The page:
Home Course Features The Great Debate: Is overseeding or turf paint best for winter conditions?

The Great Debate: Is overseeding or turf paint best for winter conditions?

by Jay Allred

By David Droschak

There are a few certainties in life – death, taxes and frost — turning the bermudagrass fairways of North Carolina’s wonderful golf courses a sad shade of tan every winter.

When I first came to the Tar Heel state from the Great White North I wondered why “all the grass had died.” Growing up on bentgrass fairways and bluegrass rough, I quickly learned the bermudagrass cycle of dormant and then emerging turf each spring.

However, some resorts and private club fairways and tees were indeed green in December and January. Why, I asked?

The old terminology of “winter rye” had been applied to these courses for flowing green grass fairways against a backdrop of dormant rough. It was truly had eye-popping appeal.

But looks can be deceiving, according to golf course superintendents, who over the last decade have embraced the use of colorants, or painting fairways, tees and greens, noting that it can be more beneficial to playing conditions in the long run across central and eastern North Carolina.

And less costly.

When colorants and pigments first arrived on the golf scene the products put off a blue hue some of the time, creating an unappealing look. But like most technology over the last decade, the painting products from such firms as BASF and Geoponics have been perfected and are now used more widely than rye grasses across the portion of the state that uses bermudagrasses and not bent.

“Painting fairways is really an art, literally,” said Bob Farren, Pinehurst’s director of golf course maintenance. “In fact, our new service center manager that we just hired to come in, part of his expertise as a superintendent down on the coast was working with spraying and droplet size to enhance painting.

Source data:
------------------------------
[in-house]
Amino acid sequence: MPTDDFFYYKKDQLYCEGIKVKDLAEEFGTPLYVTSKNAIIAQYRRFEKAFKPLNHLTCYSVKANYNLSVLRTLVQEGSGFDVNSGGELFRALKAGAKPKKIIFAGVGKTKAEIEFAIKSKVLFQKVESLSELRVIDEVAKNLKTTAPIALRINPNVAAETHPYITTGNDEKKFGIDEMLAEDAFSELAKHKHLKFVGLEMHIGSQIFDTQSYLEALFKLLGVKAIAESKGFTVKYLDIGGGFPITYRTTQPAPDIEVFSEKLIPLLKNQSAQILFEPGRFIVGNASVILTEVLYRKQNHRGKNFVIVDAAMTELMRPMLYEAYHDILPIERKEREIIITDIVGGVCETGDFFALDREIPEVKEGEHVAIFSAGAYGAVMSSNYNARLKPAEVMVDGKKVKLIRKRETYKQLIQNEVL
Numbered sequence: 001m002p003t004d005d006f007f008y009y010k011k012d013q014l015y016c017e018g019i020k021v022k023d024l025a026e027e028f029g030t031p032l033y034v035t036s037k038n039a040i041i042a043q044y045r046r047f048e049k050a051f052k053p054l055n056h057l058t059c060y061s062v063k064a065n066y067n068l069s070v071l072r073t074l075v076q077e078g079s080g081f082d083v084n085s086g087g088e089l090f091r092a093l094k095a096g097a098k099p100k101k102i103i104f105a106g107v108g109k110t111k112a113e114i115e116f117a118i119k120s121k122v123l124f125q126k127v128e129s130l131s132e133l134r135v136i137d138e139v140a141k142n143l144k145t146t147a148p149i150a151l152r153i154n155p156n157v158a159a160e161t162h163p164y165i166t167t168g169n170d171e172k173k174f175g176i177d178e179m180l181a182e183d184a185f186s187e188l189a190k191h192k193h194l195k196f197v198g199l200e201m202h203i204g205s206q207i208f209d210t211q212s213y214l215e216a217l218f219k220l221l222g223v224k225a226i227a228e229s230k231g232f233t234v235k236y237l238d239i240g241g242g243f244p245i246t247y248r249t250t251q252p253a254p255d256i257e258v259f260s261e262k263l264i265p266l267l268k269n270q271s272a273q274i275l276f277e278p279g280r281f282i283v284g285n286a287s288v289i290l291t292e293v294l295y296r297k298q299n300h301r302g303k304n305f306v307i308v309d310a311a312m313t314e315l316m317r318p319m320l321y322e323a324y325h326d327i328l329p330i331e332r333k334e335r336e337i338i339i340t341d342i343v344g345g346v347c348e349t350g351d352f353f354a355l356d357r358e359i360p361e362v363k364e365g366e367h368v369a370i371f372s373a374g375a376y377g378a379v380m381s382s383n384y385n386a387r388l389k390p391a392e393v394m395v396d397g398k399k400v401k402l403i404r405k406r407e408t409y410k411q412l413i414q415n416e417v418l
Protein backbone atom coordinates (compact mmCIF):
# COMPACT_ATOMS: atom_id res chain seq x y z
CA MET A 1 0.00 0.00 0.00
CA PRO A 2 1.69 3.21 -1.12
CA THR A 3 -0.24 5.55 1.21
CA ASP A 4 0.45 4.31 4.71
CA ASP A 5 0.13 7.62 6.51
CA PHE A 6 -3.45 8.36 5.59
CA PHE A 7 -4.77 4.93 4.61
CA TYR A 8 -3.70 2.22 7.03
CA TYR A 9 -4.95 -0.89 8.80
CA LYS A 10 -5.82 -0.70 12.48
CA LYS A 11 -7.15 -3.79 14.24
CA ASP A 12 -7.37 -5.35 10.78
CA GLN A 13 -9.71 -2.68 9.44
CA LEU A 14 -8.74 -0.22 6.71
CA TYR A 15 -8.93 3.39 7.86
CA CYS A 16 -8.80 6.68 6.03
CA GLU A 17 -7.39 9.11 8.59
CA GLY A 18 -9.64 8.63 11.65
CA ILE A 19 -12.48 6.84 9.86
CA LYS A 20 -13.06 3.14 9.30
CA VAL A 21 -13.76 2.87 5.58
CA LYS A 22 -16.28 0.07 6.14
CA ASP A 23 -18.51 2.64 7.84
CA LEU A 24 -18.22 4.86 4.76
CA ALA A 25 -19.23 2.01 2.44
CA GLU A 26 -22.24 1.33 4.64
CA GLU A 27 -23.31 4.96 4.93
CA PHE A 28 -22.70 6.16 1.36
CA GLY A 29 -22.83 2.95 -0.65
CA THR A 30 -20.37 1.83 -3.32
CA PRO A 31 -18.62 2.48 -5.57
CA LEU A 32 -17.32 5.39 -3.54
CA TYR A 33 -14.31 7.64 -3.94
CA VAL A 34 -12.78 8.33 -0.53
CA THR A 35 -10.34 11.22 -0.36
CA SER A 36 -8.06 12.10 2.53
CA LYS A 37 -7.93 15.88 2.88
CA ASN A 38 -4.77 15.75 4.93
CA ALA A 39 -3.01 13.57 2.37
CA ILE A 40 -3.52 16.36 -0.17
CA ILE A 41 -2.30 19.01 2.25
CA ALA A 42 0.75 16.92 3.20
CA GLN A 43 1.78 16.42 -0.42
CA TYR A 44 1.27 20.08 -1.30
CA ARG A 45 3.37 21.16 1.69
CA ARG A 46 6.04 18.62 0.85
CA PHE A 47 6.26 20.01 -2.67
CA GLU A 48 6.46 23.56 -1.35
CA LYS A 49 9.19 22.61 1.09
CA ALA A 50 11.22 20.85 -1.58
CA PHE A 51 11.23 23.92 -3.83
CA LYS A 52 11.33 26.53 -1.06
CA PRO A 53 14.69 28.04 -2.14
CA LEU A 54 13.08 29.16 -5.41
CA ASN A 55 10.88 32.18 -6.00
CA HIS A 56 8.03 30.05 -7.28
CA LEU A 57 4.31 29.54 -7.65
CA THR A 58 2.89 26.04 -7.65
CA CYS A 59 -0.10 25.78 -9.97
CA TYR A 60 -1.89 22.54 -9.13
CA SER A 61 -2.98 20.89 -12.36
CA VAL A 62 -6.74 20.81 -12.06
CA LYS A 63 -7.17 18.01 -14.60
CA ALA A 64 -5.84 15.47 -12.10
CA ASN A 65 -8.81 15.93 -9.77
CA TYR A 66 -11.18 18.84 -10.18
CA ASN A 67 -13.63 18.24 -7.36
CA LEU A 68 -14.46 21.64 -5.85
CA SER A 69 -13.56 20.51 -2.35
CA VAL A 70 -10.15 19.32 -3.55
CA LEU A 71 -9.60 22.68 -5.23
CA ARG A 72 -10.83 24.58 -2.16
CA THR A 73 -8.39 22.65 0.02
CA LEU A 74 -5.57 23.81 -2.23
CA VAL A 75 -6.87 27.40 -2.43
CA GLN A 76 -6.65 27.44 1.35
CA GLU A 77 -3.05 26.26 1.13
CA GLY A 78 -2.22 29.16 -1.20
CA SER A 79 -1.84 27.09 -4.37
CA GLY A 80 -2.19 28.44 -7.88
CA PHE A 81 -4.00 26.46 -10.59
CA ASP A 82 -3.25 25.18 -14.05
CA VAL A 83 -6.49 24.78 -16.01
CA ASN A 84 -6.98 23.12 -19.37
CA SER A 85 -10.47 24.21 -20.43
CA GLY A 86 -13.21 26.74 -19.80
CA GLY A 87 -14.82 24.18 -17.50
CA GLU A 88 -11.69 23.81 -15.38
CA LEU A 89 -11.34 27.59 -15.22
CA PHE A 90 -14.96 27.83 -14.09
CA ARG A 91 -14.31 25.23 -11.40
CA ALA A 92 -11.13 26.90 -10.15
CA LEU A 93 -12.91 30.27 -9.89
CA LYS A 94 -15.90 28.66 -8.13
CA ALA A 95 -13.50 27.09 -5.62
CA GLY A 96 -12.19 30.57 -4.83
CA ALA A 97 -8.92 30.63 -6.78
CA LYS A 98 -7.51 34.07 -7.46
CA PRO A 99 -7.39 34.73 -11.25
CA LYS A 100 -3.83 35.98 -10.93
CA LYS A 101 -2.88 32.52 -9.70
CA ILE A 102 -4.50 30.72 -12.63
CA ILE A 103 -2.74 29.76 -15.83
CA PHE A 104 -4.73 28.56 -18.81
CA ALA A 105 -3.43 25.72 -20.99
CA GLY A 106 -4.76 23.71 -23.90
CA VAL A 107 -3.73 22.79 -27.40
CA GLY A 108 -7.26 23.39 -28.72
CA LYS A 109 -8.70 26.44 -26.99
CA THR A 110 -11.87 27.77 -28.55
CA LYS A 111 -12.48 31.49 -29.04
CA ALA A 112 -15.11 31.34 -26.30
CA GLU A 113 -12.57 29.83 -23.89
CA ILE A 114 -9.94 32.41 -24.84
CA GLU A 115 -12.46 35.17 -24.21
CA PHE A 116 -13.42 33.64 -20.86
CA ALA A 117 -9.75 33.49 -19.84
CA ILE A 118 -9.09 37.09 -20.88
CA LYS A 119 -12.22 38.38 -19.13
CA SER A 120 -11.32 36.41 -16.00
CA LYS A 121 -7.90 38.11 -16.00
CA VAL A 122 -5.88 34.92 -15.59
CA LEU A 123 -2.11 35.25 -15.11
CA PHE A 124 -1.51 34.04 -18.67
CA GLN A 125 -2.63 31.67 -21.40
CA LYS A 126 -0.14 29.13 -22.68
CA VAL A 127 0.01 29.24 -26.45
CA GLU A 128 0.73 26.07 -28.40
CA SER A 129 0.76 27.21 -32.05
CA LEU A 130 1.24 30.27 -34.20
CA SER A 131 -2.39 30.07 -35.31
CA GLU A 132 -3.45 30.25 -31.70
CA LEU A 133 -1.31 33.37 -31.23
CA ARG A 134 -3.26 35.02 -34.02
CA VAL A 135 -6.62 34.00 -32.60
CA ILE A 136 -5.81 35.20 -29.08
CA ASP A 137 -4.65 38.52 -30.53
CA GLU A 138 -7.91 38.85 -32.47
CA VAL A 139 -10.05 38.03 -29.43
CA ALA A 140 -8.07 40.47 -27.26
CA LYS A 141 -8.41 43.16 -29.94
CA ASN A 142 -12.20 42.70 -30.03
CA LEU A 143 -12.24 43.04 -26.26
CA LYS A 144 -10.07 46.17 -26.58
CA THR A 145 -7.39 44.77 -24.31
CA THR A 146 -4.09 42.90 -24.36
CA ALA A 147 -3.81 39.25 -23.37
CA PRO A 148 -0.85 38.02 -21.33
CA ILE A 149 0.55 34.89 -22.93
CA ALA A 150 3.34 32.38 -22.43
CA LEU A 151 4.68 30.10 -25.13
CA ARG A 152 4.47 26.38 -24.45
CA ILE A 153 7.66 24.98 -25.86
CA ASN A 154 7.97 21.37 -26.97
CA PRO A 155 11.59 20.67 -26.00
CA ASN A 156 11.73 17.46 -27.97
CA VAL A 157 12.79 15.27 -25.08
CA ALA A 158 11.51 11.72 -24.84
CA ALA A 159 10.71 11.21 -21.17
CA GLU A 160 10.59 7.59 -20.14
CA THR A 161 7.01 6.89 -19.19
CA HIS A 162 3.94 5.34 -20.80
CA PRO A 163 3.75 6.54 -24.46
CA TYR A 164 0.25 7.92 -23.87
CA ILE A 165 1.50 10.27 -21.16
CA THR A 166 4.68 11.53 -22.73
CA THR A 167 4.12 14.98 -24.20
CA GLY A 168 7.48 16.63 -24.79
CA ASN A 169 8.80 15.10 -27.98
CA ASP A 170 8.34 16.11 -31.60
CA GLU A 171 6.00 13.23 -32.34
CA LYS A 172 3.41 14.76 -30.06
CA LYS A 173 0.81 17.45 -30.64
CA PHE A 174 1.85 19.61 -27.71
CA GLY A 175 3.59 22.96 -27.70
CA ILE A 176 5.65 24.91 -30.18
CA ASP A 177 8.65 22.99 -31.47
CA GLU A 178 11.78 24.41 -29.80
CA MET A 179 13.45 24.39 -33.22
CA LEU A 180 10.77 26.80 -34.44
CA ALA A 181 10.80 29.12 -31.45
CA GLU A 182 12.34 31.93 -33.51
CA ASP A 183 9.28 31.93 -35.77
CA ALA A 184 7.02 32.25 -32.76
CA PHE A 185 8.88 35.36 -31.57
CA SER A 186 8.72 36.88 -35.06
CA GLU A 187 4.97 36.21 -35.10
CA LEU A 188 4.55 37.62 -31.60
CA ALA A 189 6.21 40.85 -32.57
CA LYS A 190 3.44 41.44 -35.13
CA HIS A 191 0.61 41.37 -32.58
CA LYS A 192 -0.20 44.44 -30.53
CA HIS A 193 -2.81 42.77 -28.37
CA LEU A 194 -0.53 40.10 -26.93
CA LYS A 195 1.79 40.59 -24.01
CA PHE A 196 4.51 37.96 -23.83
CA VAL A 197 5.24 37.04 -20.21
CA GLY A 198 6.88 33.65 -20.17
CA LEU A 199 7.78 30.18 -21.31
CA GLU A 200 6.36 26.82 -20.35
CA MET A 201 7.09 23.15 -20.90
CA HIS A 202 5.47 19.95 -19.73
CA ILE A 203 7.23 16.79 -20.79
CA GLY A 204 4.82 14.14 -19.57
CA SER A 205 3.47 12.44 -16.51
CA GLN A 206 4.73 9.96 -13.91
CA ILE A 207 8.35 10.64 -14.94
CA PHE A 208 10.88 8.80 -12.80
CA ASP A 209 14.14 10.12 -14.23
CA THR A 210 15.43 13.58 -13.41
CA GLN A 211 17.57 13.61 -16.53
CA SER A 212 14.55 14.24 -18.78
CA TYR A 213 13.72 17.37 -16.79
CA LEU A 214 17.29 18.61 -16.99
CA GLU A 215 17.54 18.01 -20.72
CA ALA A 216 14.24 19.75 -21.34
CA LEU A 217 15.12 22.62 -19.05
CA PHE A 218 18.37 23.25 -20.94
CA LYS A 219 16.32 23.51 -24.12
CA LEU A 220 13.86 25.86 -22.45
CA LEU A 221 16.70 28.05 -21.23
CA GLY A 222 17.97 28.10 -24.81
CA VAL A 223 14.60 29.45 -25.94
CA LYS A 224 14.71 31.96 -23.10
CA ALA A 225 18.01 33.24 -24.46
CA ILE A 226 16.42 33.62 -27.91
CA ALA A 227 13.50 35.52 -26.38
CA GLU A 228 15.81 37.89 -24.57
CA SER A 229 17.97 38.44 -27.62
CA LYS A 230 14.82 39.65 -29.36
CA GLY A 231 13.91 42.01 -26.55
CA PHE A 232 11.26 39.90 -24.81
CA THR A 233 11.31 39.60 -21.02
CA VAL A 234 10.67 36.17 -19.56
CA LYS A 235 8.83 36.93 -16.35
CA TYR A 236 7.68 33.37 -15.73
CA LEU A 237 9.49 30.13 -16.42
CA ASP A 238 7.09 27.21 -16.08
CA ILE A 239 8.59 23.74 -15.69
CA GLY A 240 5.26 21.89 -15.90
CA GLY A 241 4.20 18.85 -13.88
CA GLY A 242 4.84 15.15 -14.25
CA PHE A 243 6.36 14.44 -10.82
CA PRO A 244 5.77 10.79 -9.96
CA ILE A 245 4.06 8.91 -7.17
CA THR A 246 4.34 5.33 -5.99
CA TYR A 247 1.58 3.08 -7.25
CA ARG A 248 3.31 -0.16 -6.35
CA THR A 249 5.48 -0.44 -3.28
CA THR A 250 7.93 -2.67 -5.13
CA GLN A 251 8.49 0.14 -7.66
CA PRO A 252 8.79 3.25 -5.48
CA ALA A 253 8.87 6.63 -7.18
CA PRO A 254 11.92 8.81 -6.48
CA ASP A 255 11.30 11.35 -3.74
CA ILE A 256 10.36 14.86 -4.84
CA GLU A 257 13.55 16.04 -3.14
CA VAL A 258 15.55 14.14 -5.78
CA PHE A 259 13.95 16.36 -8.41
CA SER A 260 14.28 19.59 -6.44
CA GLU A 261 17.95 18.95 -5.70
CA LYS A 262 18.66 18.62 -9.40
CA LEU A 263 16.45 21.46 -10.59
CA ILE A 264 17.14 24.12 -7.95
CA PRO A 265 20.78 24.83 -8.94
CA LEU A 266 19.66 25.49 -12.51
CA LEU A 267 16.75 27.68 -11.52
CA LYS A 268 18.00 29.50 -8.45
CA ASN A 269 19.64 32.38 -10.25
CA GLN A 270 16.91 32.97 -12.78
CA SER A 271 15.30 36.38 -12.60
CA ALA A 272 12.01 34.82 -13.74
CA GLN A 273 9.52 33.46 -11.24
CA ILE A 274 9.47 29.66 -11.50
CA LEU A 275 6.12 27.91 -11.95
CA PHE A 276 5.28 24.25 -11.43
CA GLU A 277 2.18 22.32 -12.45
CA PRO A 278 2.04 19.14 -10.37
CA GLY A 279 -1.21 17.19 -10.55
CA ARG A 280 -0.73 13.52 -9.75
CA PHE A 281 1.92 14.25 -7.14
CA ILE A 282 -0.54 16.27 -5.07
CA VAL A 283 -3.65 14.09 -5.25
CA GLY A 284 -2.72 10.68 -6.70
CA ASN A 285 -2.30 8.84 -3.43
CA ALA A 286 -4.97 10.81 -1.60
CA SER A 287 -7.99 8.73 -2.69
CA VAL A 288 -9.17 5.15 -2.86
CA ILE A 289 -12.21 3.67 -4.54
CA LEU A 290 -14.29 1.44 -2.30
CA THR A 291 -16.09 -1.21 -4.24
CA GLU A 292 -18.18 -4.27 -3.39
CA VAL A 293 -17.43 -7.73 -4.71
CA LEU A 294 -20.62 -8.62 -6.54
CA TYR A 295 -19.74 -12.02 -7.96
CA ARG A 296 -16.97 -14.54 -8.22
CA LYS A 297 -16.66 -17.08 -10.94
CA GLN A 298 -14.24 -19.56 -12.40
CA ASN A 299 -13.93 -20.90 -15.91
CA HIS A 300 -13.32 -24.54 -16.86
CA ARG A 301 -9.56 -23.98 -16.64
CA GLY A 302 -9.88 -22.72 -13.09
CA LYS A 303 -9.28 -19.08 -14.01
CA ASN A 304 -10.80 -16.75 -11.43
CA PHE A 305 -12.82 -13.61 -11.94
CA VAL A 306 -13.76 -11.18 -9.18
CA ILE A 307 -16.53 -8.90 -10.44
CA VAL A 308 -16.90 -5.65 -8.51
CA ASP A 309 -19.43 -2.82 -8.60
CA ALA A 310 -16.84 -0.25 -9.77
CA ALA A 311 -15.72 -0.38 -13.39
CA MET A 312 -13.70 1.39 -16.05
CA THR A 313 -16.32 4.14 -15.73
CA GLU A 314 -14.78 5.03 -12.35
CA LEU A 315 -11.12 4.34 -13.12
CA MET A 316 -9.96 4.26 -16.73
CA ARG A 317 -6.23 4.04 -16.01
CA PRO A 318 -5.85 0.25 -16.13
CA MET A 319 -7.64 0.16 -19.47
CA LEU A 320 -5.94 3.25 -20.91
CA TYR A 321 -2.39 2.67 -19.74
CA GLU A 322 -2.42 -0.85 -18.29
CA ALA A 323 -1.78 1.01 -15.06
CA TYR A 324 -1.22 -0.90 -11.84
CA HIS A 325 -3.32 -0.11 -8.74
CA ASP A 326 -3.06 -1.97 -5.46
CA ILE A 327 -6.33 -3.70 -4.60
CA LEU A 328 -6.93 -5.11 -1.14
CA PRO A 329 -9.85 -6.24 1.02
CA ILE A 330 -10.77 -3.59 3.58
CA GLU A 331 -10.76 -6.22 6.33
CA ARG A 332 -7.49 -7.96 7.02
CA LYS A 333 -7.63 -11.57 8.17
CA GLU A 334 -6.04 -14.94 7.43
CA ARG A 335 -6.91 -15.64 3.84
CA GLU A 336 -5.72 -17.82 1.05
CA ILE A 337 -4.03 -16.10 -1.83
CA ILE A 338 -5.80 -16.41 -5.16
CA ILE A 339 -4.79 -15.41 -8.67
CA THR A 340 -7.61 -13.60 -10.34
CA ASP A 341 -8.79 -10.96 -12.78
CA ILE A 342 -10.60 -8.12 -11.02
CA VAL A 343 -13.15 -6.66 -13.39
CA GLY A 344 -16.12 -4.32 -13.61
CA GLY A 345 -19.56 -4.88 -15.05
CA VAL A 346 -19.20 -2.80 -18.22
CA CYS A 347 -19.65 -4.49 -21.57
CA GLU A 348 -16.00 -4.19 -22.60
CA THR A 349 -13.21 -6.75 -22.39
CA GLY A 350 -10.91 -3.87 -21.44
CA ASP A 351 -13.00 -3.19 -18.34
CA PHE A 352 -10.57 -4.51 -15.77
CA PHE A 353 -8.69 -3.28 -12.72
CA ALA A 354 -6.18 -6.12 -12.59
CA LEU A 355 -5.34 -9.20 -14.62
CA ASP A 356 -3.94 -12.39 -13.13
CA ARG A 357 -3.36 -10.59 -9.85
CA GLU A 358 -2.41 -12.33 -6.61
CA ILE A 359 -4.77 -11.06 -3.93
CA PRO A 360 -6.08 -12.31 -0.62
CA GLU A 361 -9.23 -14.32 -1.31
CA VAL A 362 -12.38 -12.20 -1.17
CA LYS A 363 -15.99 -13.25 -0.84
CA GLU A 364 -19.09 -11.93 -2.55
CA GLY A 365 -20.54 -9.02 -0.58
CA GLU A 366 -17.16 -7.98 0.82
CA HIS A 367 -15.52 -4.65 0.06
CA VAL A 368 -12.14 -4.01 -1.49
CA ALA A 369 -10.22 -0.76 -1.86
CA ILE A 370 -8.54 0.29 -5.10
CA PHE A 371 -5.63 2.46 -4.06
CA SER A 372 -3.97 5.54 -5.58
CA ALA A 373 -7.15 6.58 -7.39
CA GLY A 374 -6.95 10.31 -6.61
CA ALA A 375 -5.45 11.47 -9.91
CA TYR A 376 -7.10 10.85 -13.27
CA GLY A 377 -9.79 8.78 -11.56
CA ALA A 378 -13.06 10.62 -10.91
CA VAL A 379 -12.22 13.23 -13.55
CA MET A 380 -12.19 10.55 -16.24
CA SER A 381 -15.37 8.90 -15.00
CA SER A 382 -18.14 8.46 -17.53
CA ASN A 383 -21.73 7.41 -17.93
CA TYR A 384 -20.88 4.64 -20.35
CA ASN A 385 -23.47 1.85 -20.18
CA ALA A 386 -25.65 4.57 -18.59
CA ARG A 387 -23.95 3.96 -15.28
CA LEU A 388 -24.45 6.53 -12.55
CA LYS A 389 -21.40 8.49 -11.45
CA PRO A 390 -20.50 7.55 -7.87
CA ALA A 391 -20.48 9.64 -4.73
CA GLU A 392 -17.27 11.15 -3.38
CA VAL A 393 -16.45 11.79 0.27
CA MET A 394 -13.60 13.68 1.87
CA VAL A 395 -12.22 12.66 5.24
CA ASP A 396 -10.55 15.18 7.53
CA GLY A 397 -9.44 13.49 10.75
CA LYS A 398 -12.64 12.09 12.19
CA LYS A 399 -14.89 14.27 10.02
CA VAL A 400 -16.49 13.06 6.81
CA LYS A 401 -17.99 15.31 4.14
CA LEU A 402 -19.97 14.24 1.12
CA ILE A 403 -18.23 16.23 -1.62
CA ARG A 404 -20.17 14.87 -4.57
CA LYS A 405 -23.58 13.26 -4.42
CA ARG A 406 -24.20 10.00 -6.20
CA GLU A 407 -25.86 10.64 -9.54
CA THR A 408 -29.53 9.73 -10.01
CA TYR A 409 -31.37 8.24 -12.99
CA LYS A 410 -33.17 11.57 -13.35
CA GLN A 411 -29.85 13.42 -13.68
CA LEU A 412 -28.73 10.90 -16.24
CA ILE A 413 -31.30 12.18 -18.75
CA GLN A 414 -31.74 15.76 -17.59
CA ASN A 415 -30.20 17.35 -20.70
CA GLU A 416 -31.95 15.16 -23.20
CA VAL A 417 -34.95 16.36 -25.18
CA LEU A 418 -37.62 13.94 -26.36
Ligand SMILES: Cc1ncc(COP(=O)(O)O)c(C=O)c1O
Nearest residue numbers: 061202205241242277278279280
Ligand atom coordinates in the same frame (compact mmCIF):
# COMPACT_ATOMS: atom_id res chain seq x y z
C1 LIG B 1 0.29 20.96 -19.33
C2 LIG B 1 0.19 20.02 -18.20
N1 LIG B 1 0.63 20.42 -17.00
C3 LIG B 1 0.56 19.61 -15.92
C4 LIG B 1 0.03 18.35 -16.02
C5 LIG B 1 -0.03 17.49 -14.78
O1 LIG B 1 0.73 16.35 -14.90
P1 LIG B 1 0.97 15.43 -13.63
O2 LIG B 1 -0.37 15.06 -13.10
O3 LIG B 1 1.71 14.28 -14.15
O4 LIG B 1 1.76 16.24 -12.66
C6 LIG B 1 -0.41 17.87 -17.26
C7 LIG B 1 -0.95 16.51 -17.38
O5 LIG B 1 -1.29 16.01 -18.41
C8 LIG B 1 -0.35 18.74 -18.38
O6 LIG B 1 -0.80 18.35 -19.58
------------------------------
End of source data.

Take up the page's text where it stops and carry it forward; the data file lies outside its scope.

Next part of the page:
“The key to painting is you want to start with a really good product. And the other is painting an even application just like you would take a roller and paint the walls in your house. It’s not any different making sure you get a good application on. We’ve gotten to where we’re painting later and later into the season because our growing season in the Sandhills just seems to go on longer and longer.”

With Pinehurst Resort play tapering off in mid November into December, Farren says he won’t paint the fairways on courses Nos. 2, 4, 8 and 9 until early January, hoping to just apply one more application or spot treatments before the emergence of the bermudagrass in mid March.

Farren, who last seeded one of his resort courses in 2009, and others say the cost of painting grass is 7-10 times cheaper than overseeding, however almost all superintendents argue they paint because of better turf conditions come spring, and not necessarily because it’s less expensive.

But less than 10 minutes down the road in Southern Pines, another iconic resort — Pine Needles and sister course Mid Pines — still overseeds each winter season.

“When we get a beautiful day we have all the people in the surrounding area try to come and play our two courses because they are overseeded and look so beautiful,” said longtime Pine Needles superintendent David Fruchte.